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Composition Of Transmission-gear Steel
If the nickel content of this steel is eliminated, and the pe...

Steel Before The 1850's
In spite of a rapid increase in the use of machines and the ...

Heavy Forging Practice
In heavy forging practice where the metal is being worked at...

Phosphorus
Phosphorus is one of the impurities in steel, and it has been...

The Packing Department
In Fig. 56 is shown the packing pots where the work is packe...

Annealing
There is no mystery or secret about the proper annealing of d...

Testing And Inspection Of Heat Treatment
The hard parts of the gear must be so hard that a new mill f...

Effect Of Different Carburizing Material
[Illustrations: FIGS. 33 to 37.] Each of these different p...

Silicon
SILICON is a very widespread element (symbol Si), being an es...

Carbon-steel Forgings
Low-stressed, carbon-steel forgings include such parts as car...

Annealing Of High-speed Steel
For annealing high-speed steel, some makers recommend using g...

Restoring Overheated Steel
The effect of heat treatment on overheated steel is shown gra...

Fatigue Tests
It has been known for fifty years that a beam or rod would fa...

Manganese
Manganese adds considerably to the tensile strength of steel,...

Phosphorus
PHOSPHORUS is an element (symbol P) which enters the metal fr...

Temperature Recording And Regulation
Each furnace is equipped with pyrometers, but the reading an...

A Chromium-cobalt Steel
The Latrobe Steel Company make a high-speed steel without tun...

Carburizing Material
The simplest carburizing substance is charcoal. It is also th...

Classifications Of Steel
Among makers and sellers, carbon tool-steels are classed by g...

Optical System And Electrical Circuit Of The Leeds & Northrup Optical Pyrometer
For extremely high temperature, the optical pyrometer is lar...



The Quenching Tank






Category: CASE-HARDENING OR SURFACE-CARBURIZING

The quenching tank is an important feature of apparatus in
case-hardening--possibly more so than in ordinary tempering. One
reason for this is because of the large quantities of pieces usually
dumped into the tank at a time. One cannot take time to separate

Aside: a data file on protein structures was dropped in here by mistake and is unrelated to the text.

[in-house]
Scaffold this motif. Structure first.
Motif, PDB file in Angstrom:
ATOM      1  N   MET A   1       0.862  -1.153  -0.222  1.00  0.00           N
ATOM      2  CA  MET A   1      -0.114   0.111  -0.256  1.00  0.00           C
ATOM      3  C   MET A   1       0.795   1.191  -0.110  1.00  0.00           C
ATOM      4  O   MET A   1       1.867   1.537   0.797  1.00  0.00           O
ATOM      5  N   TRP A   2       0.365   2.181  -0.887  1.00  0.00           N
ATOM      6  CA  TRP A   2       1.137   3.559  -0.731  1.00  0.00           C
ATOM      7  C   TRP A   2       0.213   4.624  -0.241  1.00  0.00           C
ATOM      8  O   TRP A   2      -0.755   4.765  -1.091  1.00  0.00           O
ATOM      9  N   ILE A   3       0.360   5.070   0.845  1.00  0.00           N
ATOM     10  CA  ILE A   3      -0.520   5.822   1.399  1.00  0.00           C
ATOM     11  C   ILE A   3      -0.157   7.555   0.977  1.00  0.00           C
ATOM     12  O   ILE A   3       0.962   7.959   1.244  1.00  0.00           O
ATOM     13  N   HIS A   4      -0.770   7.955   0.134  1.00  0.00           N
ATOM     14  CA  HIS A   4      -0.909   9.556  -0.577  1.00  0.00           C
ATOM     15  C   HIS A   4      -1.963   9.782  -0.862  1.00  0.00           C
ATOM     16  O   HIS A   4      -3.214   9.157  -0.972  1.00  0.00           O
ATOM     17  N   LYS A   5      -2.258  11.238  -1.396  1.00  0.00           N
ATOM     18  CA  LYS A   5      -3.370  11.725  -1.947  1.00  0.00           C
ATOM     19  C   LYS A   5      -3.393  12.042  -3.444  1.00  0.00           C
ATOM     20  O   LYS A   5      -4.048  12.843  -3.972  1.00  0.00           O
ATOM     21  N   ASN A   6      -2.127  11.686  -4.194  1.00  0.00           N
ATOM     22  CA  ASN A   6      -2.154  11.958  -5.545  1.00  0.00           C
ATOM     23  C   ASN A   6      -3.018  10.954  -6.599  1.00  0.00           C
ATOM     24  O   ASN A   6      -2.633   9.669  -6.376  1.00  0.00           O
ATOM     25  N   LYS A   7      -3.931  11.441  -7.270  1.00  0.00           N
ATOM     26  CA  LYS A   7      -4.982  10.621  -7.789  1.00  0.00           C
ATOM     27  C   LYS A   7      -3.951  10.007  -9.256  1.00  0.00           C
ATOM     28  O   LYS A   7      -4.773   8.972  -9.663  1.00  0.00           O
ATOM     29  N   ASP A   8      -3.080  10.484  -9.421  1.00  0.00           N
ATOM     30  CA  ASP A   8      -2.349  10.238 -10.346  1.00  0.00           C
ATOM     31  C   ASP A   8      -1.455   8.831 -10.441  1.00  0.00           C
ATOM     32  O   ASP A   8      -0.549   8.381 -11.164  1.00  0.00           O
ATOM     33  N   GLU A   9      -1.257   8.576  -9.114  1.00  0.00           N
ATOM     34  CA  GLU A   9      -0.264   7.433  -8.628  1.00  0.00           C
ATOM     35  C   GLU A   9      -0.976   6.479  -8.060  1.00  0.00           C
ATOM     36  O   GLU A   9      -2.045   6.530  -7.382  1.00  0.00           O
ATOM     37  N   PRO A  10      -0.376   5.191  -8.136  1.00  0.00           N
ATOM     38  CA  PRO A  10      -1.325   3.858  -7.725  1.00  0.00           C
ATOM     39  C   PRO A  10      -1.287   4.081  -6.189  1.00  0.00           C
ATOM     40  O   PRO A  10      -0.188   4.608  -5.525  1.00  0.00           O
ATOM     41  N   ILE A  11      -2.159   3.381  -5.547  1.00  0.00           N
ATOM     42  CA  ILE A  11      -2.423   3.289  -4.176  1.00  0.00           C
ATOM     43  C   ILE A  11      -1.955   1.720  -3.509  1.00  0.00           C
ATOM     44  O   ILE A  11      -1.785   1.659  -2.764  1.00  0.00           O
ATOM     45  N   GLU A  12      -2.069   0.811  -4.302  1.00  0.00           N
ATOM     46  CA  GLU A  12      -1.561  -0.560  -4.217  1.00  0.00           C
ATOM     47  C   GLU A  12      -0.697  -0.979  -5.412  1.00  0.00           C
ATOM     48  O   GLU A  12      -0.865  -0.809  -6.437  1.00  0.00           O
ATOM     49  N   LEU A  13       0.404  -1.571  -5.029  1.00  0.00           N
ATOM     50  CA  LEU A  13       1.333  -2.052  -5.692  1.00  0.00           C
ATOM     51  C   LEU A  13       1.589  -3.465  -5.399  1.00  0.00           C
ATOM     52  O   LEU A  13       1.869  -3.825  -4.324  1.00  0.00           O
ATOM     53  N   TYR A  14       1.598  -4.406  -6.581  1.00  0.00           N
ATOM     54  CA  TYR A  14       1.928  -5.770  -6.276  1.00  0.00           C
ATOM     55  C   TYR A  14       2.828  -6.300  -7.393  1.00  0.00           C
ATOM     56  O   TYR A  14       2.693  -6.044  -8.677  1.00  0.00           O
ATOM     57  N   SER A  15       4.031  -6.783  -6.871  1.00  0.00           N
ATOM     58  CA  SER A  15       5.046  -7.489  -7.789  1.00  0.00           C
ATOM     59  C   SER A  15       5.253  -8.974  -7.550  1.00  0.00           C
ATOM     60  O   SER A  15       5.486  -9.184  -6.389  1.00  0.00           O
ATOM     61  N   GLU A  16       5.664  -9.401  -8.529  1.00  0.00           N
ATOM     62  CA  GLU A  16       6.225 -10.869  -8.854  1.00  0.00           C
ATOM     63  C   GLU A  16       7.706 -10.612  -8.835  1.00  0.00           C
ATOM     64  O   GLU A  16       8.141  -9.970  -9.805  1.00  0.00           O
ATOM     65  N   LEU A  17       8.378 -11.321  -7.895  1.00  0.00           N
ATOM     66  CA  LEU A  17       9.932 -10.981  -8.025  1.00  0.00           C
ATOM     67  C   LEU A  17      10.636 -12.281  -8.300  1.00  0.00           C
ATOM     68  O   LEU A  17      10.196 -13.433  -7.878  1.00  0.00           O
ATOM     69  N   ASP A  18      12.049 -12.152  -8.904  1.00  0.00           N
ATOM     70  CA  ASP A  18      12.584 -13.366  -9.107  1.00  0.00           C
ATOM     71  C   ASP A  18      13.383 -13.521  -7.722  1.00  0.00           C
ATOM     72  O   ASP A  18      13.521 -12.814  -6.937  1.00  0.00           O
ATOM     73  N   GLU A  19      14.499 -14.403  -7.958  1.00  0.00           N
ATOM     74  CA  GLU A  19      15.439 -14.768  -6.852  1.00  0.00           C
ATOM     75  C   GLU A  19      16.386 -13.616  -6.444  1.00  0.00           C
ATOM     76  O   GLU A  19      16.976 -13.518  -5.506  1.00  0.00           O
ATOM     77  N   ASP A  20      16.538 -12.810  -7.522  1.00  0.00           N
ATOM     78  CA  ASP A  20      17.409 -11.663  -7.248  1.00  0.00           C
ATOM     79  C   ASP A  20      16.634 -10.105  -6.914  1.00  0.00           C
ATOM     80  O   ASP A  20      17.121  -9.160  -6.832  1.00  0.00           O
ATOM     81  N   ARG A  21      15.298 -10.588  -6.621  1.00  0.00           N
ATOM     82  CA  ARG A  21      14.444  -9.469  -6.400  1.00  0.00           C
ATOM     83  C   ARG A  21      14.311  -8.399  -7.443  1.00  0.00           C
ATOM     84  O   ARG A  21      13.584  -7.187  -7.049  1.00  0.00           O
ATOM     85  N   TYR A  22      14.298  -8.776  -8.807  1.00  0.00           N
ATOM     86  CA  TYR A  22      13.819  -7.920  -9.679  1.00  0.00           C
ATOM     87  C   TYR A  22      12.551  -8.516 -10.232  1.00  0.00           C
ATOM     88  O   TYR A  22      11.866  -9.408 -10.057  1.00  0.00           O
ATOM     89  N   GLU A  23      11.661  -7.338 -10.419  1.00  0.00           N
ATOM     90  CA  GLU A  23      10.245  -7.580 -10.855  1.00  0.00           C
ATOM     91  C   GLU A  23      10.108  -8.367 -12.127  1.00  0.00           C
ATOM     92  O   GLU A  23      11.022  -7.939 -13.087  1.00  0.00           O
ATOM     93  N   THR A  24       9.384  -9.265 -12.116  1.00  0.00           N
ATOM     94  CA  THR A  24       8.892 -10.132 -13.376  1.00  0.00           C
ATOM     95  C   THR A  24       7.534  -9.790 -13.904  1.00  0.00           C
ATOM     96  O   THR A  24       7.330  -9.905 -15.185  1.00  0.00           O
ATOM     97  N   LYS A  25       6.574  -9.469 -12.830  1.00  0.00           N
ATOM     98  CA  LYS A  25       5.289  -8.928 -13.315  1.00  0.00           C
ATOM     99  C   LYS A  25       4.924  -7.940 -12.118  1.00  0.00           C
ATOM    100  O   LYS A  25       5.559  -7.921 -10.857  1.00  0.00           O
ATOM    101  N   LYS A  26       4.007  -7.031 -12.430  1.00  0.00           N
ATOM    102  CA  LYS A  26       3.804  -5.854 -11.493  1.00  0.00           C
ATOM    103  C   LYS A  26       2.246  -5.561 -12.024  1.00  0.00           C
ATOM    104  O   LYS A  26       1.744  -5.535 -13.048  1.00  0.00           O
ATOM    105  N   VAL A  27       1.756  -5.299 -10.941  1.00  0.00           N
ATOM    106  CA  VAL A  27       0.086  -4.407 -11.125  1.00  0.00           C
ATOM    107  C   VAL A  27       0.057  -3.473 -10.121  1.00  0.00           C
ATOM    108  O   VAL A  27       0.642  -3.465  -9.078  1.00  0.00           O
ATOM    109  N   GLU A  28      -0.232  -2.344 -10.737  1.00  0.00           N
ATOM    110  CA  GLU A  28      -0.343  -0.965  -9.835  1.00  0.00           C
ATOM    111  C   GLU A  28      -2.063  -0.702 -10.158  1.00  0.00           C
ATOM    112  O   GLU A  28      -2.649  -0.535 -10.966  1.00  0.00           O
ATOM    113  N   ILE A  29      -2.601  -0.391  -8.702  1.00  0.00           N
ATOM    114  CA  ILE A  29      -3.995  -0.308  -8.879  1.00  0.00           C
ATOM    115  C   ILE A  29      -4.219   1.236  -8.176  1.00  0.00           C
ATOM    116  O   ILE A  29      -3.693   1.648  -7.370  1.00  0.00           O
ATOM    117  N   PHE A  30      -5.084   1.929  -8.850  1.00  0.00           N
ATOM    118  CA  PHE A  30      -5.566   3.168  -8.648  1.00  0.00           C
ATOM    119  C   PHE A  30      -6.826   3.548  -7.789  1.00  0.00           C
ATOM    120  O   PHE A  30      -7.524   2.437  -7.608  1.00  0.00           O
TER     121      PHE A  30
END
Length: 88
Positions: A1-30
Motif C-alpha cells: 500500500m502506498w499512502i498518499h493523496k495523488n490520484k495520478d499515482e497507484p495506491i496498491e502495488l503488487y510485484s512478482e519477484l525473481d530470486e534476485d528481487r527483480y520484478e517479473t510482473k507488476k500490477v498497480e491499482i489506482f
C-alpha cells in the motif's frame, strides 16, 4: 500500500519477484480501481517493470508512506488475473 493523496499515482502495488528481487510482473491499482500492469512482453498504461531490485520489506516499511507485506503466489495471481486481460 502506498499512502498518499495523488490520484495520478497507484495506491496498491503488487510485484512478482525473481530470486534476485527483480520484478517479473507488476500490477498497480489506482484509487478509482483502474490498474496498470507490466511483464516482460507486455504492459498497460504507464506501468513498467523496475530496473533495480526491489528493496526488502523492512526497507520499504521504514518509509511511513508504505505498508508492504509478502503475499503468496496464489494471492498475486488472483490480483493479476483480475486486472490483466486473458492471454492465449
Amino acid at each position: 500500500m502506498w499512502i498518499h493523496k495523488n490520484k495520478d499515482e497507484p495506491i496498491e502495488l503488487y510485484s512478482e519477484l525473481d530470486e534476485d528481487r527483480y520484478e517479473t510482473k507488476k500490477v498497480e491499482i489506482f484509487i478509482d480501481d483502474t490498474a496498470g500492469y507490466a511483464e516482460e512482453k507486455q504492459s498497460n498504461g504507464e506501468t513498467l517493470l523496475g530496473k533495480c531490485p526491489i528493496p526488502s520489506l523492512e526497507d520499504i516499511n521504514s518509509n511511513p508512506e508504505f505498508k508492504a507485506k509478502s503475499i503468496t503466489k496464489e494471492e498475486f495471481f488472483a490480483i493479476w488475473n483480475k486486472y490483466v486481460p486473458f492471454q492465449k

the articles themselves from the case-hardening mixture, and the
whole content of the box is droped into the bath in short order,
as exposure to air of the heated work is fatal to results. Unless
it is split up, it is likely to go to the bottom as a solid mass,
in which case very few of the pieces are properly hardened.



A combination cooling tank is shown in Fig. 38. Water inlet and
outlet pipes are shown and also a drain plug that enables the tank
to be emptied when it is desired to clean out the spent carburizing
material from the bottom. A wire-bottomed tray, framed with angle
iron, is arranged to slide into this tank from the top and rests
upon angle irons screwed to the tank sides. Its function is to
catch the pieces and prevent them from settling to the tank bottom,
and it also makes it easy to remove a batch of work. A bottomless
box of sheet steel is shown at C. This fits into the wire-bottomed
tray and has a number of rods or wires running across it, their
purpose being to break up the mass of material as it comes from
the carbonizing box.

Below the wire-bottomed tray is a perforated cross-pipe that is
connected with a compressed-air line. This is used when case-hardening
for colors. The shop that has no air compressor may rig up a
satisfactory equivalent in the shape of a low-pressure hand-operated
air pump and a receiver tank, for it is not necessary to use
high-pressure air for this purpose. When colors are desired on
case-hardened work, the treatment in quenching is exactly the same
as that previously described except that air is pumped through
this pipe and keeps the water agitated. The addition of a slight
amount of powdered cyanide of potassium to the packing material
used for carburizing will produce stronger colors, and where this is
the sole object, it is best to maintain the box at a dull-red heat.


is necessary.]

The old way of case-hardening was to dump the contents of the box
at the end of the carburizing heat. Later study in the structure
of steel thus treated has caused a change in this procedure, the
use of automobiles and alloy steels probably hastening this result.
The diagrams reproduced in Fig. 39 show why the heat treatment of
case-hardened work is necessary. Starting at A with a close-grained
and tough stock, such as ordinary machinery steel containing from 15
to 20 points of carbon, if such work is quenched on a carbonizing
heat the result will be as shown at B. This gives a core that is
coarse-grained and brittle and an outer case that is fine-grained
and hard, but is likely to flake off, owing to the great difference
in structure between it and the core. Reheating this work beyond
the critical temperature of the core refines this core, closes
the grain and makes it tough, but leaves the case very brittle;
in fact, more so than it was before.





Next: Refining The Grain

Previous: Quenching The Work



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